First, different CRT instruments can be substitutes for each other. Thus, to the extent policymakers increase the cost of one type of CRT instrument relative to another, parties may substitute accordingly and in a way that undermines regulatory goals. Second, because different governance mechanisms may be substitutes for each other, to the extent market participants resolve underlying governance problems, additional governance mandates may be redundant and unnecessarily costly. For example, as indicated by the structure of the first subprime RMBS since the financial crisis (the Springleaf Mortgage Loan Trust 2011-1), investors and ratings agencies are demanding better governance because they perceive subprime mortgages as being highly risky.

Third, there are likely important tradeoffs between regulatory goals such as transparency, liquidity, and standardization such that promoting one goal may come at the expense of others. For example, counterparty risk reducing CRT transactions such as contingent CDSs are insufficiently standardized to be centrally cleared or exchange traded. However, attempting to promote contract standardization generally by penalizing non-clearable trades with onerous capital requirements may decrease the willingness of parties to use contingent CDSs to reduce counterparty risk and thereby reduce the liquidity of contingent CDSs and their reference instruments. Finally, because credit risk cannot be eliminated once created but only reallocated, regulators should be cautious that mandates do not inadvertently concentrate risk. For example, CDS clearinghouses by definition concentrate counterparty risk and if not properly regulated and managed are likely to become a new class of “too big to fail” entities.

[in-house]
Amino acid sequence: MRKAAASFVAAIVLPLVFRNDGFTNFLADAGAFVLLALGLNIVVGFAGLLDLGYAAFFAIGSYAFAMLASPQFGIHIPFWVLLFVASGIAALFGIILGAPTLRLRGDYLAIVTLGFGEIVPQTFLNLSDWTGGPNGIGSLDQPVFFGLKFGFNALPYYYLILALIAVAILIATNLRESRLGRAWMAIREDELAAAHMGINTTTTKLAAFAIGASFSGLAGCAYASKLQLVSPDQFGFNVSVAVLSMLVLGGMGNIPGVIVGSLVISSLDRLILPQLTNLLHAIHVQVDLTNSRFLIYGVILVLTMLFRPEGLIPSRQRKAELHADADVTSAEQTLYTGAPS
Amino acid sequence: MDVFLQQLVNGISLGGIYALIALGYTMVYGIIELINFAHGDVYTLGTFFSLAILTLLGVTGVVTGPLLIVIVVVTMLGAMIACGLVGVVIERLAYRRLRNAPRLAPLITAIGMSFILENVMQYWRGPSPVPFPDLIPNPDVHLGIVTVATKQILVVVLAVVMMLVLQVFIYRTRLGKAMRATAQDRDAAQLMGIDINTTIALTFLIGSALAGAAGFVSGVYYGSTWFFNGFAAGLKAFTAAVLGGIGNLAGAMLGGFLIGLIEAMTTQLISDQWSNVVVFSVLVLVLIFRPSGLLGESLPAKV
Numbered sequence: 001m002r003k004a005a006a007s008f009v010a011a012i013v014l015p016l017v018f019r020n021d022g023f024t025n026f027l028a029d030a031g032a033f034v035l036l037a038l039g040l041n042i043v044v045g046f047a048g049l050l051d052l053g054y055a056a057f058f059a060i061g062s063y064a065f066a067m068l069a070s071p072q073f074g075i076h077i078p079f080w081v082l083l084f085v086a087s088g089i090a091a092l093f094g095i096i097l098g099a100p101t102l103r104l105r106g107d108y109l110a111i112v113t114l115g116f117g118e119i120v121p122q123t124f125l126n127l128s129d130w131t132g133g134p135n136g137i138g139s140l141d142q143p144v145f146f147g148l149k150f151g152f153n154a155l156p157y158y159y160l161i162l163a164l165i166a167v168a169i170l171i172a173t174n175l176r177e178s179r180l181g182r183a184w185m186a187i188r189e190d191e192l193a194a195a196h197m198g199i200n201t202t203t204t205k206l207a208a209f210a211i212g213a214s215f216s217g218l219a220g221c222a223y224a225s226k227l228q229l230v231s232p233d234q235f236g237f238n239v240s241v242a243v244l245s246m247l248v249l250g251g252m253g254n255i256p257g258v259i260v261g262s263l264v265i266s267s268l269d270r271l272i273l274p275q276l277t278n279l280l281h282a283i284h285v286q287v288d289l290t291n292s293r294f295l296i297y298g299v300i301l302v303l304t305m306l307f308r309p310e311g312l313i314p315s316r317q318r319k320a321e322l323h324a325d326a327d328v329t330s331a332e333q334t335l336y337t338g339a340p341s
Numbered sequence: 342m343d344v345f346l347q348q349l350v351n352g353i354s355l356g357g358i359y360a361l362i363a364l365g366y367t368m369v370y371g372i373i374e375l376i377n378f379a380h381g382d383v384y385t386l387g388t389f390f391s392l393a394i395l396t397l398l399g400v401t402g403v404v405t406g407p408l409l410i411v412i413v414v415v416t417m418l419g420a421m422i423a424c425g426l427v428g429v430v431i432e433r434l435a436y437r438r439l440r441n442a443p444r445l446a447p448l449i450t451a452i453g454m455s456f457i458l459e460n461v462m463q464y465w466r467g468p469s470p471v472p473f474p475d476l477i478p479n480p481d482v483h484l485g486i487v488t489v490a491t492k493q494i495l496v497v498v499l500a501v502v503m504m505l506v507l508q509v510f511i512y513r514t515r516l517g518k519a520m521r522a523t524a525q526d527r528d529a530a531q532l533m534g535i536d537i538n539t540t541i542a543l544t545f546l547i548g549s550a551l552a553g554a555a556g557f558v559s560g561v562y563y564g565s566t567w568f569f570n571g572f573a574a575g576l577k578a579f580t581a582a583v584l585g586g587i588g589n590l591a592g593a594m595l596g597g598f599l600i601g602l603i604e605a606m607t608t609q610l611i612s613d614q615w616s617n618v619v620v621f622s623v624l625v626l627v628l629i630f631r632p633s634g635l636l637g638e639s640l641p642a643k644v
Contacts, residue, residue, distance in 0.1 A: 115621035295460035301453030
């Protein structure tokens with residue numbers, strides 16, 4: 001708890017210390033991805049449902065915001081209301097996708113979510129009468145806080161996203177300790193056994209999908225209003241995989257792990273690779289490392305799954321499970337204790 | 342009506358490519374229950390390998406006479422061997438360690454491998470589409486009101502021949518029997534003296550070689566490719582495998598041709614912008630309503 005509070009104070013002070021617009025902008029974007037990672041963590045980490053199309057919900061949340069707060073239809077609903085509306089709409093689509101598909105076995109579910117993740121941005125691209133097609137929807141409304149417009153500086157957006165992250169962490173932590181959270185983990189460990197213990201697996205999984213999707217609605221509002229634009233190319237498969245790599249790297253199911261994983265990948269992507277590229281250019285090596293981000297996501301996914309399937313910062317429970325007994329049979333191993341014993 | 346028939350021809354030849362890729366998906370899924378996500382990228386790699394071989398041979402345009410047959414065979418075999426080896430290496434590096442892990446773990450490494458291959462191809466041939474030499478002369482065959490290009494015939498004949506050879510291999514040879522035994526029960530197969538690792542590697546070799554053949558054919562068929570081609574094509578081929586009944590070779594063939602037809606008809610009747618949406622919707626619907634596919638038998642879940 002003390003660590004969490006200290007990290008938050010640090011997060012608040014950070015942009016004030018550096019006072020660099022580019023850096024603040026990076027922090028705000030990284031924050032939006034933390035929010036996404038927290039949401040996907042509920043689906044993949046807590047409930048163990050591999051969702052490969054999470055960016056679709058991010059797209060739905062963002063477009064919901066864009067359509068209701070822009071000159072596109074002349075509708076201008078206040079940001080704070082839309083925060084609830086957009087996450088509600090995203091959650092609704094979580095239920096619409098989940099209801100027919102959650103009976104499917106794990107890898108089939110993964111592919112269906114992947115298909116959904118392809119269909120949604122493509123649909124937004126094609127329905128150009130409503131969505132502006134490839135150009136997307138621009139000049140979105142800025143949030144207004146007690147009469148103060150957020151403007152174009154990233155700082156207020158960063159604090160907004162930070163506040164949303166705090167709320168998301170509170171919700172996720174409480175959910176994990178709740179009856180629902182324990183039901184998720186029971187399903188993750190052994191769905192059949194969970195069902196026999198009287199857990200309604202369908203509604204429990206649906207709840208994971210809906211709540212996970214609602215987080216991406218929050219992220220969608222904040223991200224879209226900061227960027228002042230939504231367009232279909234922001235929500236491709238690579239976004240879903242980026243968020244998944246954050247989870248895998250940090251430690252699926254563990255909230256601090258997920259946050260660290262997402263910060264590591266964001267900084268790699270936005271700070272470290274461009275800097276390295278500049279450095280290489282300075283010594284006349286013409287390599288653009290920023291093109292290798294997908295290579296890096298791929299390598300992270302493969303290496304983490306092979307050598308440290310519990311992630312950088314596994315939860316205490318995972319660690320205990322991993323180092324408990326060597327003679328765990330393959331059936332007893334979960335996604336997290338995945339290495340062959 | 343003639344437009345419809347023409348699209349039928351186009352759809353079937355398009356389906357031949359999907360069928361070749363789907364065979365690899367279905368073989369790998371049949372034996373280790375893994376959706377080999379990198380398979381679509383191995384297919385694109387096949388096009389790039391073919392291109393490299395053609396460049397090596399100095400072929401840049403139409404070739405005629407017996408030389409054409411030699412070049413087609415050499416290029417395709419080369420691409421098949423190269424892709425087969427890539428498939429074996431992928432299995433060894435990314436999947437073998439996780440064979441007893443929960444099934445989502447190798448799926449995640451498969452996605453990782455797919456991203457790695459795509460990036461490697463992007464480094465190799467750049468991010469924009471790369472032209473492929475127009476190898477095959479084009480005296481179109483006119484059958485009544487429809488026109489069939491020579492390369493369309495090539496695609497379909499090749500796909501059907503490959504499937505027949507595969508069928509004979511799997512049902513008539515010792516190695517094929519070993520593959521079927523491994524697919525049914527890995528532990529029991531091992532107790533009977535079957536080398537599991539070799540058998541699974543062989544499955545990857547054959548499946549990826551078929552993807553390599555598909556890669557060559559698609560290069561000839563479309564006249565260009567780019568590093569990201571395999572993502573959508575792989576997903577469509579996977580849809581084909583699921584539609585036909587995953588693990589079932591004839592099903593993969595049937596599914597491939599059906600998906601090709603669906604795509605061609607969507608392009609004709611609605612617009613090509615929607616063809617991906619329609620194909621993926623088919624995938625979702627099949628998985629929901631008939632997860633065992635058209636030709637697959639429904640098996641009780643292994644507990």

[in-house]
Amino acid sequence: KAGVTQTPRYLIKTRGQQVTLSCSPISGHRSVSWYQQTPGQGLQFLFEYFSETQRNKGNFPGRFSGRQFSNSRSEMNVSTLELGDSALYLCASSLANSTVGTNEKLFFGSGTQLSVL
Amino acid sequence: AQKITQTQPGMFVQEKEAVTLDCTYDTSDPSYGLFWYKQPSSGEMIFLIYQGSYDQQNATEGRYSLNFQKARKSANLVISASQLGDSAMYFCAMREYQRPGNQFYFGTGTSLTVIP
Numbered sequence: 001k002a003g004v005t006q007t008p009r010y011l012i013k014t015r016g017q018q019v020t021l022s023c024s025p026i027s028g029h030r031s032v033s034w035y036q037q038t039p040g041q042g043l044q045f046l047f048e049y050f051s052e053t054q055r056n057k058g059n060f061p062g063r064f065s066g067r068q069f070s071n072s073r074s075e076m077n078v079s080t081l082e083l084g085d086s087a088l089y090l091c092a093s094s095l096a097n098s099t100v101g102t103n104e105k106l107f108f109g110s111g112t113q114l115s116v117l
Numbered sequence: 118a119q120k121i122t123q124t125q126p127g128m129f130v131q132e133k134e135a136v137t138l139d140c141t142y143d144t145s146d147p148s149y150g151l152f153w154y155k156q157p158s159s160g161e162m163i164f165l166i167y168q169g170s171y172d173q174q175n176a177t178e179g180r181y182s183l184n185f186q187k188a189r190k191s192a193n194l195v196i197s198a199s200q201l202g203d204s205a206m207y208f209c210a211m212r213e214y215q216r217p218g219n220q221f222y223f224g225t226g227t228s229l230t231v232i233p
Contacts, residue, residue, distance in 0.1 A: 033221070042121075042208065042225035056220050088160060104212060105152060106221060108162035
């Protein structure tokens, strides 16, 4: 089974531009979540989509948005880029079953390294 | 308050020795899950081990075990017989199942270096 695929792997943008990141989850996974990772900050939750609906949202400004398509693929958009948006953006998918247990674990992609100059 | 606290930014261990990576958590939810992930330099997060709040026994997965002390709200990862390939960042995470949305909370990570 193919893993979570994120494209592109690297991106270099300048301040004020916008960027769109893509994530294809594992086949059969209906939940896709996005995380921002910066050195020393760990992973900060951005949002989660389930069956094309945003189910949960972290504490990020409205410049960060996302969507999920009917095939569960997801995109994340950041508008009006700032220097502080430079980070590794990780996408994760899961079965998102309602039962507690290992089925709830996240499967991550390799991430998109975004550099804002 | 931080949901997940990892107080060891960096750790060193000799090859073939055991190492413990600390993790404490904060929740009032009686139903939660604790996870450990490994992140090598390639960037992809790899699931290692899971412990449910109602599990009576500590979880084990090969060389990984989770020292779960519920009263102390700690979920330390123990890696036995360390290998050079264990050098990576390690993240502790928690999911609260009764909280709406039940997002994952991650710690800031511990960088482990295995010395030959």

The full paper is available for download here.

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One Comment

  1. Posted Wednesday, January 18, 2012 at 6:30 pm | Permalink

    Professor Roe,

    A couple of anecdotes on opacity:

    In late 2008, Congressman Peterson of MN was Chairman of the Agriculture Committee in the House and introduced legislation to put an end to the majority of “naked swaps”—this brought an onslaught of criticism by the banking and insurance lobbies;In 2009, I was hosting a panel for the Research and Statistics Division at the Board of Governors of the Federal Reserve regarding commercial real estate and capital markets and wanted to find out what amounts were referenced and appended to commercial real estate and CMBS financing. I contacted ISDA and the Pension Real Estate Association research departments —they no data; I had lunch with officials from OCC and inquired if I could see the back-up data to their call reports delineating a breakdown of OTC derivatives by type of securitized products or asset classes, i.e. how they broke out by the various groups (residential loans, commercial loans, credit card debt, student loans, etc.). The reply was that their data was “not that granular”.I won’t mention here the “steam rolling” of Brooksly Born by Phil Graham and Alan Greenspan—but it was pivotal in setting up the debt crisis.

    From a paper of mine Speculative Economics which enumerates factors to review:

    “A review of derivatives, especially the unregulated swaps or OTC markets, and how their existence and use has acted to magnify the bursting of an otherwise severe but manageable series of “asset bubbles” into a complexity at a higher “order of magnitude” than has been contemplated in modern times—which has virtually frozen the capital markets. As a note, these instruments are termed by some as “welfare enhancing” credit risk transfer instruments — which create diversification and liquidity. However, the speculative nature and volume of these unregulated instruments have been daunting to the international financial system and hard on real economies.”

    The opacity of these markets is the primary driver in holding the U.S. and global economies in suspended animation—markets can’t clear—simply because derivatives still remain uncontrolled and unaccounted. At least a clearing house would be a start.

    Stephen R. Ganns